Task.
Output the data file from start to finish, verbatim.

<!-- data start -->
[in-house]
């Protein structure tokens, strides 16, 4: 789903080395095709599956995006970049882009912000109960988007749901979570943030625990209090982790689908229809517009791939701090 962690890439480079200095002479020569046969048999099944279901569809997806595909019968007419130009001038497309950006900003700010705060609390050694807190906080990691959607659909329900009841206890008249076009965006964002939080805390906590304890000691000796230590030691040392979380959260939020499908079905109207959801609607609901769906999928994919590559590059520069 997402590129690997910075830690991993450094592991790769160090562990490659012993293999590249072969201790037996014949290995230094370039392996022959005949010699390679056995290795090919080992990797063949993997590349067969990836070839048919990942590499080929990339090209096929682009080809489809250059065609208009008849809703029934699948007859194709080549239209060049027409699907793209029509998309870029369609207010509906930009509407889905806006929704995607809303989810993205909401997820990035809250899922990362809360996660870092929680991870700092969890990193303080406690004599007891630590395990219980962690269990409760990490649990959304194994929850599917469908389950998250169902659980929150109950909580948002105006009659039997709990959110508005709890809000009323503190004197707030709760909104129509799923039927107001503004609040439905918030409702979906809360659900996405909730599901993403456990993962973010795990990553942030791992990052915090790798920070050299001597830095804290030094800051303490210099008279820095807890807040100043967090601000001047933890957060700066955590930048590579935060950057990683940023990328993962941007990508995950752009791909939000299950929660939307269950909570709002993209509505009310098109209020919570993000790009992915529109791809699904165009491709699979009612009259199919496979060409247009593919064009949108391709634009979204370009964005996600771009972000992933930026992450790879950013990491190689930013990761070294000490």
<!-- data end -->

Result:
[in-house]
């Protein structure tokens, strides 16, 4: 789903080395095709599956995006970049882009912000109960988007749901979570943030625990209090982790689908229809517009791939701090 962690890439480079200095002479020569046969048999099944279901569809997806595909019968007419130009001038497309950006900003700010705060609390050694807190906080990691959607659909329900009841206890008249076009965006964002939080805390906590304890000691000796230590030691040392979380959260939020499908079905109207959801609607609901769906999928994919590559590059520069 997402590129690997910075830690991993450094592991790769160090562990490659012993293999590249072969201790037996014949290995230094370039392996022959005949010699390679056995290795090919080992990797063949993997590349067969990836070839048919990942590499080929990339090209096929682009080809489809250059065609208009008849809703029934699948007859194709080549239209060049027409699907793209029509998309870029369609207010509906930009509407889905806006929704995607809303989810993205909401997820990035809250899922990362809360996660870092929680991870700092969890990193303080406690004599007891630590395990219980962690269990409760990490649990959304194994929850599917469908389950998250169902659980929150109950909580948002105006009659039997709990959110508005709890809000009323503190004197707030709760909104129509799923039927107001503004609040439905918030409702979906809360659900996405909730599901993403456990993962973010795990990553942030791992990052915090790798920070050299001597830095804290030094800051303490210099008279820095807890807040100043967090601000001047933890957060700066955590930048590579935060950057990683940023990328993962941007990508995950752009791909939000299950929660939307269950909570709002993209509505009310098109209020919570993000790009992915529109791809699904165009491709699979009612009259199919496979060409247009593919064009949108391709634009979204370009964005996600771009972000992933930026992450790879950013990491190689930013990761070294000490």